My parents visited New York last week, which meant that dinner reservation planning began at least a month prior. They generously took Kevin and me out to Del Posto one night, and I have to say: if you are looking for a grown-up, elegant-without-being-stuffy, downtown-but-not-sceney dinner, Del Posto is an excellent place to start. It's hard to pin down the vibe, exactly, and there's an element to Del Posto that seems contrived -- the food, after all, is not fussy, so things like purse stools and valet parking seem a bit over the top, but I think that's the point. Del Posto wasn't created to be the new Babbo or Lupo; it's something else entirely.
First of all, it is huge. Huge. There are three levels in the cavernous, high-ceilinged space tucked under the high line tracks on 10th Avenue. Having not lived through New York in the 1950's I can only say that the decor of Del Posto captures the way I picture it; dark wood, amber lights, heavy linens, round tables facing out towards more marble than I have ever seen in any restaurant. Despite the retro decor, however, thee menu doesn't feel dated in the least.
Del Posto describes its dishes as "Cucina Classica" which, as best I can tell, means simple Italian dishes from several regions of Italy, interpreted and updated with green market ingredients. The menu looked lighter and more balanced than that of Babbo -- or less rustic, at least. Before ordering, the table was served an assortment of antipasti bites -- pickled radishes, fried mushrooms, fennel and grapefruit soup...and at least one other item that I am forgetting, but what I do remember is the creamy rosemary lardo (why does "fat" sound so much better in Italian?) that came alongside the breadbasket.
Our table opted for the five course modified tasting menu option, which was more of a screamingly good prix fixe option than a true tasting menu (which IS offered, in seven courses): the five course option was $85 per person and included a first and main course of everyone's choosing, plus two "bites" (small plates, much more than just a bite!) of pasta, and a dessert. The only stipulation to this tasting menu was that the table had to select which two pastas we'd all be having; the other three courses were fair game.
I started with the yellowfin & tail susci, which was delicate and brightly accented with radish, fennel, snow peas and marigold petals. I love seafood in almost all its incarnations, but raw and lightly splashed with heavenly olive oil is possibly my favorite preparation; I want to taste the fish above all else, and the crunchy radishes and delicate flower petals let the crudo shine through.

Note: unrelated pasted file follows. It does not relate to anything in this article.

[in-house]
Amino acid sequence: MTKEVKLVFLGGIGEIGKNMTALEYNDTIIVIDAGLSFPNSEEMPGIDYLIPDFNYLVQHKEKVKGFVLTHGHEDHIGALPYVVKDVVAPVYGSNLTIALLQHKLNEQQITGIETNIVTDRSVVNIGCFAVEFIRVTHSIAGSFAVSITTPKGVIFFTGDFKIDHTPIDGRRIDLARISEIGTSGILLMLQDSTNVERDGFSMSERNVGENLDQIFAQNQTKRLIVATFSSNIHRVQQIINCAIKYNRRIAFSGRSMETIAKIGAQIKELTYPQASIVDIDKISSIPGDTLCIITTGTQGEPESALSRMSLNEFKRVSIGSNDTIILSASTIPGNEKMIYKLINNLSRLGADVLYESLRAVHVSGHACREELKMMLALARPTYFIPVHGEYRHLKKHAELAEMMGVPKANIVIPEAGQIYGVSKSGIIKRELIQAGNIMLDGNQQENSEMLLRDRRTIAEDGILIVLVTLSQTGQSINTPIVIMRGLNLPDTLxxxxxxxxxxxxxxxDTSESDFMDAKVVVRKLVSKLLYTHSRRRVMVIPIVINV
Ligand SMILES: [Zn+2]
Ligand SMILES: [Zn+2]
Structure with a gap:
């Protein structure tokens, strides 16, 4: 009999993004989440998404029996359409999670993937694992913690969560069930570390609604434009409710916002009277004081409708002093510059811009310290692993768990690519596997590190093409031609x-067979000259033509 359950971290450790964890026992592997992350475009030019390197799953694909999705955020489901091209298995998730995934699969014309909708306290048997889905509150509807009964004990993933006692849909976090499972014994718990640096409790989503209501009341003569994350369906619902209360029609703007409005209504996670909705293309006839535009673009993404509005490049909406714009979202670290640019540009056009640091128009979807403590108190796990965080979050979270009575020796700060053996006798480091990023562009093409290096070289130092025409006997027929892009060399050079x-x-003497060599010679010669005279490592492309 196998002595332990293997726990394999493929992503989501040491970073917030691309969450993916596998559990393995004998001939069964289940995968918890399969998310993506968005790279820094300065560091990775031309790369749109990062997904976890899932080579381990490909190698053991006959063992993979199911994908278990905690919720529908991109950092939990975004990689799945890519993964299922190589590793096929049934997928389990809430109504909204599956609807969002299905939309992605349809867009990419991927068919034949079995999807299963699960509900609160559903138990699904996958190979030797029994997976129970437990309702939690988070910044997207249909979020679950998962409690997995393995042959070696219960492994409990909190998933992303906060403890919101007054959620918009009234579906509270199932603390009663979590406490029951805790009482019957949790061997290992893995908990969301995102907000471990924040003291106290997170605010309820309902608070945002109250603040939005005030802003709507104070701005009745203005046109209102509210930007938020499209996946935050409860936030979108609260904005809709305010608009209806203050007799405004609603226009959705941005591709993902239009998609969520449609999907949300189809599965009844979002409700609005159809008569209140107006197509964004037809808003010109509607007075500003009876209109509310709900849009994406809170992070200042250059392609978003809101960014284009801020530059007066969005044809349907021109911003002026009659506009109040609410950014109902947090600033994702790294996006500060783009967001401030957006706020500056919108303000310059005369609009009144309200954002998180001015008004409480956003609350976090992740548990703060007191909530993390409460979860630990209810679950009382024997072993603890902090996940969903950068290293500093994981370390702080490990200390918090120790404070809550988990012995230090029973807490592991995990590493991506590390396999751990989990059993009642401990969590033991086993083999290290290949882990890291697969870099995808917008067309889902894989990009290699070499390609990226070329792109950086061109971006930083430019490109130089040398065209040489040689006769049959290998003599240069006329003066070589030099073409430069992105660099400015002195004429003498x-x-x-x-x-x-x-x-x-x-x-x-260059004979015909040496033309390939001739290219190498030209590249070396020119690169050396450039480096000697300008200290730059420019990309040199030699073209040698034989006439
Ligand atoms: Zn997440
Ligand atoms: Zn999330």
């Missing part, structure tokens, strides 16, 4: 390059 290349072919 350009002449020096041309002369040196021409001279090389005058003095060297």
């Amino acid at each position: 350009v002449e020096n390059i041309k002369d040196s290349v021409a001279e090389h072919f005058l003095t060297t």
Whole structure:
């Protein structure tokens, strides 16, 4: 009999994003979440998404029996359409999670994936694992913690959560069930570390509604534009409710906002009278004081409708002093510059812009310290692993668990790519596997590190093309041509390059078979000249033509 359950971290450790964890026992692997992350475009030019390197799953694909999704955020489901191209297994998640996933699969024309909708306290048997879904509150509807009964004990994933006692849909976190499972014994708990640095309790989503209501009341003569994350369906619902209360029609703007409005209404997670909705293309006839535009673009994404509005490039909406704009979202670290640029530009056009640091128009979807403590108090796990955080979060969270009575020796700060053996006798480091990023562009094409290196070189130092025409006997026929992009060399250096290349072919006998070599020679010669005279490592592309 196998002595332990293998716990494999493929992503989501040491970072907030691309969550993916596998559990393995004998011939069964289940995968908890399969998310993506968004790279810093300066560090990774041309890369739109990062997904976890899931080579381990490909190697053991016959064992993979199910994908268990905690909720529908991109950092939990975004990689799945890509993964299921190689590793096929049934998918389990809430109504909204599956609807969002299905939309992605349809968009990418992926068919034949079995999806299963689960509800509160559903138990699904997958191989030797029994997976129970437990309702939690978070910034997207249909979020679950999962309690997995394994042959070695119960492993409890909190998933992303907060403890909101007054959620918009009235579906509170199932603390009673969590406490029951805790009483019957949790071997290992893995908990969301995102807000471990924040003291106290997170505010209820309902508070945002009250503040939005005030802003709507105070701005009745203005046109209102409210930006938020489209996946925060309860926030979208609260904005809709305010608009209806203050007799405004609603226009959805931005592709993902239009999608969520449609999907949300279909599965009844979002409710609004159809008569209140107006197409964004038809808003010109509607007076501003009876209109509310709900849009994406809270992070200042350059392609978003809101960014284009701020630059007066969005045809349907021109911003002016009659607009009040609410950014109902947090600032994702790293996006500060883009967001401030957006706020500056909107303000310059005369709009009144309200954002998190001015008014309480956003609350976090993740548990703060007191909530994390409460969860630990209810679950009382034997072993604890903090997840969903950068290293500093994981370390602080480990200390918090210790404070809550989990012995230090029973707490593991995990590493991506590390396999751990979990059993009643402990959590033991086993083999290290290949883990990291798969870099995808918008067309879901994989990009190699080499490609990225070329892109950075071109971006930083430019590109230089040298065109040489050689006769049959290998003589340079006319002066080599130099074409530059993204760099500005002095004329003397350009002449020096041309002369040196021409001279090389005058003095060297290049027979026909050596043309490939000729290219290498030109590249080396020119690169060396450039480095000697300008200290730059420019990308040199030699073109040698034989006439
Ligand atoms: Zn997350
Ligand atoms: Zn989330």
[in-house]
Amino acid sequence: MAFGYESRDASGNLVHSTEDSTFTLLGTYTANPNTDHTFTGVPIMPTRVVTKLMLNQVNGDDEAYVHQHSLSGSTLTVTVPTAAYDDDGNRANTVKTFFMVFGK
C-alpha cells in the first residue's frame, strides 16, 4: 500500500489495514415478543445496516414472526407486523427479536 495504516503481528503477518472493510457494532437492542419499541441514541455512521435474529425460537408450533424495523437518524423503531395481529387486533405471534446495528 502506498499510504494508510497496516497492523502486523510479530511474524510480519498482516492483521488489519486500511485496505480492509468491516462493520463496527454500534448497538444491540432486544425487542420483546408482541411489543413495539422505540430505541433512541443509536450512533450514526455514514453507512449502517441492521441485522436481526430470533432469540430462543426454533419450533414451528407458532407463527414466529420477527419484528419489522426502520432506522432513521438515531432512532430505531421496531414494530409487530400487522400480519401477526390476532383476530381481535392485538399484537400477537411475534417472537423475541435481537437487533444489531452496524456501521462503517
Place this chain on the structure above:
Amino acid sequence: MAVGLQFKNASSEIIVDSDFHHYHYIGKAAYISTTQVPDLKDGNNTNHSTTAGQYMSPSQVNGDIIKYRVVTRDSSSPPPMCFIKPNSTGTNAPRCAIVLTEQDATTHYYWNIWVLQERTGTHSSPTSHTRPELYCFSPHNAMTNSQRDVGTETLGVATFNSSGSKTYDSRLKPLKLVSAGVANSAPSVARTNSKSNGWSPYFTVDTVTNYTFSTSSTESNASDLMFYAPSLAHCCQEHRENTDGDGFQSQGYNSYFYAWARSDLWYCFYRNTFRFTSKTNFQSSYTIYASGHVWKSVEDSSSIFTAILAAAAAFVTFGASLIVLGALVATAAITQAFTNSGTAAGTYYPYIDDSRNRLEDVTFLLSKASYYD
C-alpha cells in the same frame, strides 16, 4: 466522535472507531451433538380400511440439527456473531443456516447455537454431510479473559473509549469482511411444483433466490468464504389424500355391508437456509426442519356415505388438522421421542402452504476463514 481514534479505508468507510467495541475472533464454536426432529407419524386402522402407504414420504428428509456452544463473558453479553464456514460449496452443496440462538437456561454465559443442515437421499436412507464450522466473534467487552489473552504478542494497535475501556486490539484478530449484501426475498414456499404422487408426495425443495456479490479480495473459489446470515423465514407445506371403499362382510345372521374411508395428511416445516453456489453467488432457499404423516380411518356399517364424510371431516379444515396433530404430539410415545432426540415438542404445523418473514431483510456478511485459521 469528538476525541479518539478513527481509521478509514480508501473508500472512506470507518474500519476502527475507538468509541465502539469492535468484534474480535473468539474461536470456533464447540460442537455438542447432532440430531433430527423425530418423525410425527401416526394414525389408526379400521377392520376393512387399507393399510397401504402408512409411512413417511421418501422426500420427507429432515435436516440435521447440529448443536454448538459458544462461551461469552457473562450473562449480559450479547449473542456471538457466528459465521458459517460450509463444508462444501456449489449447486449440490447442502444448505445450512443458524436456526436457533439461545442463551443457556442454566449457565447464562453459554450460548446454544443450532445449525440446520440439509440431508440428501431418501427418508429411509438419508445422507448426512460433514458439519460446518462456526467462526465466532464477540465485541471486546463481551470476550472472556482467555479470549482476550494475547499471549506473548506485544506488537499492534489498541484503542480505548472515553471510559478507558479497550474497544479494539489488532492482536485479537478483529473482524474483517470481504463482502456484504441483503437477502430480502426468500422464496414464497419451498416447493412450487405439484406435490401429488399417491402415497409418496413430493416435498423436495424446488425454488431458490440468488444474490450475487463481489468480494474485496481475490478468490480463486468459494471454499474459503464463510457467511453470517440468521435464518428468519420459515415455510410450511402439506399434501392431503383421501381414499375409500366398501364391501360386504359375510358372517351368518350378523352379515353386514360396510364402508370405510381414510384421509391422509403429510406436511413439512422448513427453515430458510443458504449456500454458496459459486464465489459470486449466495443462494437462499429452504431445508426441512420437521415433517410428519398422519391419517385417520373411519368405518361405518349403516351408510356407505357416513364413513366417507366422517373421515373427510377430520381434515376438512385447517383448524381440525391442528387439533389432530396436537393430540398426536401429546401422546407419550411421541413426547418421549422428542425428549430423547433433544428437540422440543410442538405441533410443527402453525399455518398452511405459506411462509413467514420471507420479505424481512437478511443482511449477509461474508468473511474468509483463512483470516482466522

Our pastas were the Agnolotti dal Plin in a brown butter sauce and the gnocchi with braised lamb shoulder. The agnolotti was rich and almost salty, and the gnocchi was gooey without being gummy. We were drinking a delicious Barbera D'Alba that was especially good with the gnocchi.
I went back to ocean for my entree, though -- there were actually more fish options on the menu than I anticipated. I had the roasted turbot with chanterelles and sweet corn, which was excellent. It wasn't fussy, and I'm not even sure it wasn't something I could have replicated at home, but the fish was fresh and meaty and mild, the corn was crisp and sweet...everything was just good. Mario Batali gets a lot of flack over his prices and over all the fanfare for what amounts to pretty simple dishes, but I'm sorry: the food is good. Simple is fine with me. I like a little fanfare now and then, and sure, I'm not going to spend $30 on an entree every night but there was nothing - nothing - to find fault with in any of the dishes we sampled at Del Posto.
Between my husband and my parents, the lamb and the pork were both covered, as was a nearly-transparent veal carpaccio starter; I heard nothing but happy mumbles as they ate their dinners.
My memory starts to blur around dessert (and the second bottle of wine). I had the affogatto fredo (espresso over vanilla gelato) which, quite honestly, was nothing to write home about but I was so full that I just wanted something simple (and, I always, always, always love a good vanilla gelato). My mother, we decided, won the dessert round; her Baba au Rum came in a silver tureen, involved a selection of rums poured over brioche, and I think there was also caramel in there somewhere. It was extreme.
Before the bill arrived (and yeah, it was a million dollars; Del Posto absolutely screams Expense Account), one of the many servers (...almost too many. The service was excellent but almost too visible, at times) brought over the petits four cart. Which is an entire cart devoted to all the little bites of sweet things you can imagine. I can't remember all of them, although I know my favorites were the teeny meringues, and the "fancy Reese's Peanut Butter Cups" were a hit with everyone else. I am a sucker for teeny tiny dessert items, and also for all the extras that restaurants now seem to throw at patrons in an effort to distinguish themselves, so the petits fours almost distracted me from HOW VERY FULL I was by that point (I made the strategic error of drinking too much water, I think) but I think I managed to sample at least three of the little sweets. And then I passed out.
Well, not quite. We made it home first, happy and full.
Del Posto (212 497 8090) is located at 85 Tenth Avenue and accepts all major credit cards. The restaurant begins accepting reservations exactly one month in advance.